Committal Hearings: Can They Still Play a Role in Preventing a Trial?

Traditionally if you were charged with an offence which the law considered serious enough to be heard before a jury, before that could occur the police were required to demonstrate to a Magistrate that there was sufficient evidence of you committing that crime.

This was called a committal hearing.

It regularly involved all of the police witnesses being called to testify and any physical evidence being reviewed as well.

In some ways, it was almost like a dress rehearsal for the ultimate jury trial. Like many protections for accused persons, the governments of both Queensland and New South Wales all but removed them completely in 2018 and 2010 respectively.

Many lawyers then simply ignored the watered-down versions that continued to exist.  However, a careful legal practitioner can still make them work for their clients.

 

No Case to Answer

Despite now only providing for the examination of specific witnesses in very limited circumstances, the law in relation to the ultimate role of the Magistrate has not changed.

They must determine if, after considering all of the evidence offered in the police case, a properly instructed jury has a reasonable prospect of convicting you.

This is the first opportunity before the expense and risk associated with jury trial for any accused person to identify major shortcomings in the police case or defences which cannot be cured on the evidence, and persuade the Magistrate to end the proceedings there and then.

This is called demonstrating that there is no case for the accused to answer.

A recent example of this is the case of Queensland Police Service v [Name Redacted]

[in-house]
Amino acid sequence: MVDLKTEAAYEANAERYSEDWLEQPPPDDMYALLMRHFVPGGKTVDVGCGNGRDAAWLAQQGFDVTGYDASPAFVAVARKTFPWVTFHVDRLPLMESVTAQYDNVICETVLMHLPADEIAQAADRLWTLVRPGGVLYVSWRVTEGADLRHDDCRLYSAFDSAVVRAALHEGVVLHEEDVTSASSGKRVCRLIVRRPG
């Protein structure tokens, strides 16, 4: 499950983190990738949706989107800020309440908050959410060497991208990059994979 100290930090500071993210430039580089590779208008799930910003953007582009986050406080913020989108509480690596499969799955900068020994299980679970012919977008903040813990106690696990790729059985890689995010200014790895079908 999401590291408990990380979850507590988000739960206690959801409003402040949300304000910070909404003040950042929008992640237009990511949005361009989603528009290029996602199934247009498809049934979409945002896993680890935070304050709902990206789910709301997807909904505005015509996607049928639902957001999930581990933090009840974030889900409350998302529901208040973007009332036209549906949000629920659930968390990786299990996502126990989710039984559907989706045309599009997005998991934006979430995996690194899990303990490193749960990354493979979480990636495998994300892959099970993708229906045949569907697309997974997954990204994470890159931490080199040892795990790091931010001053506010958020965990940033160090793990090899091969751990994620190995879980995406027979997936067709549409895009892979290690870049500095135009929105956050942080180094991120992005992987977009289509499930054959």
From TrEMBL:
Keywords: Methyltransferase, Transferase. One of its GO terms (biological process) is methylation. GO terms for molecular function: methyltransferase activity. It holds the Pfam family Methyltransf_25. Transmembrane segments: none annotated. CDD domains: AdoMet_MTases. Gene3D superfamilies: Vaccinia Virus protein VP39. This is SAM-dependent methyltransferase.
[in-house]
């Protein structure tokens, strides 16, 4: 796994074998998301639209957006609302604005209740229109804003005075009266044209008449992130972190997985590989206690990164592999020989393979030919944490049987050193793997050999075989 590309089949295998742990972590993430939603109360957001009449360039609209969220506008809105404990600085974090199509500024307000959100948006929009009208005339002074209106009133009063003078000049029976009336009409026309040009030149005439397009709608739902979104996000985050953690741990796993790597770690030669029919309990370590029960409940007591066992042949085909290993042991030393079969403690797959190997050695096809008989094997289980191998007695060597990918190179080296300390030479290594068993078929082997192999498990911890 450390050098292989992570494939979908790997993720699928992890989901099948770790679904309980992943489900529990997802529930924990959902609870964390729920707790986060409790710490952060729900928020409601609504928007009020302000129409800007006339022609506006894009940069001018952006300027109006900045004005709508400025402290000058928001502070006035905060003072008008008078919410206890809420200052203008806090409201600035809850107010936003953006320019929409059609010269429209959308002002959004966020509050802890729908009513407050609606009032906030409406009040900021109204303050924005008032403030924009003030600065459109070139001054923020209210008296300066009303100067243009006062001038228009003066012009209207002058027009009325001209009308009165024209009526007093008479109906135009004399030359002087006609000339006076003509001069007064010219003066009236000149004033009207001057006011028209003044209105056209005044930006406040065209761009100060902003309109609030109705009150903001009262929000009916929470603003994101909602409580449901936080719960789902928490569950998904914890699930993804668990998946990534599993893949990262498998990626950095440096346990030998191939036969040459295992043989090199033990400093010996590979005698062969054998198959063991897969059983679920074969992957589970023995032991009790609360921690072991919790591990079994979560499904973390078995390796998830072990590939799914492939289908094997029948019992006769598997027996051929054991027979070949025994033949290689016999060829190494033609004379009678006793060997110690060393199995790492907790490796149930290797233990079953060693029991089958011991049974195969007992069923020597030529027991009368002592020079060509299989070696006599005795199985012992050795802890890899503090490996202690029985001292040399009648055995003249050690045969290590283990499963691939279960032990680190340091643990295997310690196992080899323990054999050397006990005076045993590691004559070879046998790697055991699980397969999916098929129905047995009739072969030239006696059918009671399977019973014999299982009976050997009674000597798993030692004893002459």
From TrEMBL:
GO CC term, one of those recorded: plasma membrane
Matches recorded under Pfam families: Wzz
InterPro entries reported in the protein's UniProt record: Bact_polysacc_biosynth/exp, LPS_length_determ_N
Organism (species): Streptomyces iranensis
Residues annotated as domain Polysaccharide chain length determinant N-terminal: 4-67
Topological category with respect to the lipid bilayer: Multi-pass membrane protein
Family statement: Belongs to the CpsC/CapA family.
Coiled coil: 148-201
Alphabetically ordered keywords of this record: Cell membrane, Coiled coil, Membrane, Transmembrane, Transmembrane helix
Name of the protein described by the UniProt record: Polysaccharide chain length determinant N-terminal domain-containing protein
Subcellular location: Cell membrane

In this case, my client was charged with causing grievous bodily harm to the alleged victim.

This is a very serious charge and had he been convicted before a jury of it, he would have gone to prison for a long time.  The facts were that he had been involved in a physical altercation in a nightclub.

The witnesses to what occurred were all inconsistent in their recollection and, importantly, the CCTV footage showed what appeared to be the alleged victim striking out at my client and his friend.  It was my client striking back that caused him to be charged.

But in my view, there was sufficient evidence (when properly presented and explained) to raise an argument of self-defence strong enough to counter the police case.  And, as can be seen from the above transcript, my view was right and the client was discharged.

This case is merely one of my examples of how careful utilization of the dwindling options still left to an accused to avoid a trial can see him or her avoid the costs and risks of imprisonment associated with a jury trial.

If you require any assistance at all in any matter in which you are charged with offences which must be put before a jury I am only too willing to help.

 

Contact Michael for Legal Advice

If you’ve found yourself in this situation, contact Michael McMillan today on 0409 273 430.